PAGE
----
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Uncommon Trick in a Common Concerto
Steve Smith | The New York Times | 27 January 2012

Some of the buzz around the New York Philharmonic residency of the German violinist Frank Peter Zimmermann this season has focused on the conservatism of his repertory. Mr. Zimmermann's distinguished discography includes items by Weill, Szymanowski and Ligeti, after all, and a West Coast colleague in the audience at Avery Fisher Hall on Thursday night fondly recalled accounts of works by Busoni and Britten played elsewhere.

By contrast, with the Philharmonic, Mr. Zimmermann has played Bach, Brahms and Berg. On Thursday he ticked another B off the list with a rendition of Beethoven's Violin Concerto.

Speaking for myself, I wouldn't have had it any other way.

Yes, Beethoven's concerto is one you might never go a season without hearing. But the rendition Mr. Zimmermann gave with Alan Gilbert and the Philharmonic on Thursday went a long way toward redacting memories of ponderously regal accounts led by Kurt Masur, and of Lorin Maazel's willful distensions and distortions in Beethoven.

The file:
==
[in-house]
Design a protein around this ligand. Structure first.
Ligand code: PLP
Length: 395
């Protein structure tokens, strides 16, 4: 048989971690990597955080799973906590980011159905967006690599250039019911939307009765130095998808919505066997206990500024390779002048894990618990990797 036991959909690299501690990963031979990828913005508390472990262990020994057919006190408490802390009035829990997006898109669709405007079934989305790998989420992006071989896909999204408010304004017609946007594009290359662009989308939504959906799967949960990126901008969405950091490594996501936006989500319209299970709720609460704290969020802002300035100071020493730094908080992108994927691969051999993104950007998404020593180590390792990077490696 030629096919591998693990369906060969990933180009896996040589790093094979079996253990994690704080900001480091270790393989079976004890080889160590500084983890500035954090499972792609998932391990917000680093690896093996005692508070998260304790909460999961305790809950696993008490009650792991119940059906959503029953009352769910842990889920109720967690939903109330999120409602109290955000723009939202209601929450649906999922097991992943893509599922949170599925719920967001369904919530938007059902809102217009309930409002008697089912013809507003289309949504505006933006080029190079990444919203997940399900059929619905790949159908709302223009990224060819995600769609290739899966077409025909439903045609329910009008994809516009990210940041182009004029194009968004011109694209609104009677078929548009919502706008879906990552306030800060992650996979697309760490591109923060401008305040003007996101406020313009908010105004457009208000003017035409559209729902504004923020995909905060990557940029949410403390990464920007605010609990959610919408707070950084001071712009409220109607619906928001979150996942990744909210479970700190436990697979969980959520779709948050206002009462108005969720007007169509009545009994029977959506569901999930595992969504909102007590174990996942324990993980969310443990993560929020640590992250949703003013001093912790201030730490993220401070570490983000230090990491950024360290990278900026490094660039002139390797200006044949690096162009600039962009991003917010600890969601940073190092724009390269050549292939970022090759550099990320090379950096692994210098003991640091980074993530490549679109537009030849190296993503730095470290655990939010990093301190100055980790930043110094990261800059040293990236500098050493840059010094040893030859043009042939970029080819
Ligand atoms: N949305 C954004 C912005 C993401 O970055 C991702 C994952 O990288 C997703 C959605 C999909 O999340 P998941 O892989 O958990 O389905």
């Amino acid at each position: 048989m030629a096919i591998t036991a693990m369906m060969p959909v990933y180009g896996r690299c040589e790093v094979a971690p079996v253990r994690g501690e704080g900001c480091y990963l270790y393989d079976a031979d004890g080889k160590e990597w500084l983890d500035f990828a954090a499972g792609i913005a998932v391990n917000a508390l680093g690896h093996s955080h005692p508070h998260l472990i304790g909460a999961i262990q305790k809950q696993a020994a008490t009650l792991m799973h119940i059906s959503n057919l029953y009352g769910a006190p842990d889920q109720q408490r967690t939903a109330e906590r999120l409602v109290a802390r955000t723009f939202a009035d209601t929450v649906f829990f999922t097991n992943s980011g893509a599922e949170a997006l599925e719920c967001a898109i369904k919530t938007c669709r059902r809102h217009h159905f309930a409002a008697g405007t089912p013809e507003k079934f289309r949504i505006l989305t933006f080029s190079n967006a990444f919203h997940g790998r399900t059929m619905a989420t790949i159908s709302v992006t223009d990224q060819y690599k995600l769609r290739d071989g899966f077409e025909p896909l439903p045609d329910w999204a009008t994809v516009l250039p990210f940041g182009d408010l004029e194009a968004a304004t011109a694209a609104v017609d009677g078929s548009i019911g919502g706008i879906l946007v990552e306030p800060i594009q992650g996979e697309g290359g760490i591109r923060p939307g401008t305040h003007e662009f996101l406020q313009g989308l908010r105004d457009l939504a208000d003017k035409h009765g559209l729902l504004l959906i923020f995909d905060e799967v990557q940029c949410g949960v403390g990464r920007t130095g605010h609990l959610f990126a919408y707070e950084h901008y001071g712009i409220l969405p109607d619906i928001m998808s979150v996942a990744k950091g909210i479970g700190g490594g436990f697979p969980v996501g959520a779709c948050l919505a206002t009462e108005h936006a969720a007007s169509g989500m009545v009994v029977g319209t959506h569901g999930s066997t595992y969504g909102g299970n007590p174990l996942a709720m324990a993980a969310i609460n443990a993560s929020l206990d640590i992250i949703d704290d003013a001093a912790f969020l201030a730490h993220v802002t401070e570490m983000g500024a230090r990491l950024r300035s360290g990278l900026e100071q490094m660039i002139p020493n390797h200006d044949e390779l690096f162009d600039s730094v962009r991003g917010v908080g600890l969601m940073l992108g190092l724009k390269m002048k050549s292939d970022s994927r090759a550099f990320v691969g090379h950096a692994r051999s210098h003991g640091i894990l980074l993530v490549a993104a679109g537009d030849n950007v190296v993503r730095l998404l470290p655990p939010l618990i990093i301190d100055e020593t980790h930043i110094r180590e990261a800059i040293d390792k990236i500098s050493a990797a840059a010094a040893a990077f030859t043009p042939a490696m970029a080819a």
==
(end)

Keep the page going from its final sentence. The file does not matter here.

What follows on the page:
What Mr. Zimmermann provided instead was fleet, clean and honest playing at a comfortably brisk pace in the outer movements, and a Larghetto of melting sweetness. He mastered the uncommon trick of sounding simultaneously authoritative and impulsive; in Fritz Kreisler's cadenzas he was positively incandescent.

Mr. Gilbert and the orchestra provided expertly calibrated accompaniment, with playing in the Larghetto so dewy that it threatened to evaporate outright. At the conclusion the audience responded tumultuously.

The second half of the concert showcased the orchestra to dazzling effect. Stravinsky's Symphony in Three Movements, completed in 1945 and introduced by the Philharmonic the next year, was a steely, splashy remix of the composer's styles and methods. The jagged rhythms of "The Rite of Spring" and the breezy propulsion of "Petrouchka" fused with the lucidity and poise of Stravinsky's Neo-Classical works to striking effect in Mr. Gilbert's adrenalized account.

The concert ended with a voluptuous rendition of Ravel's "Daphnis et ChloƩ" Suite No. 2, with playing of liquid beguilement from the principal flutist, Robert Langevin. Predictable? Perhaps, but no less extraordinary for that.
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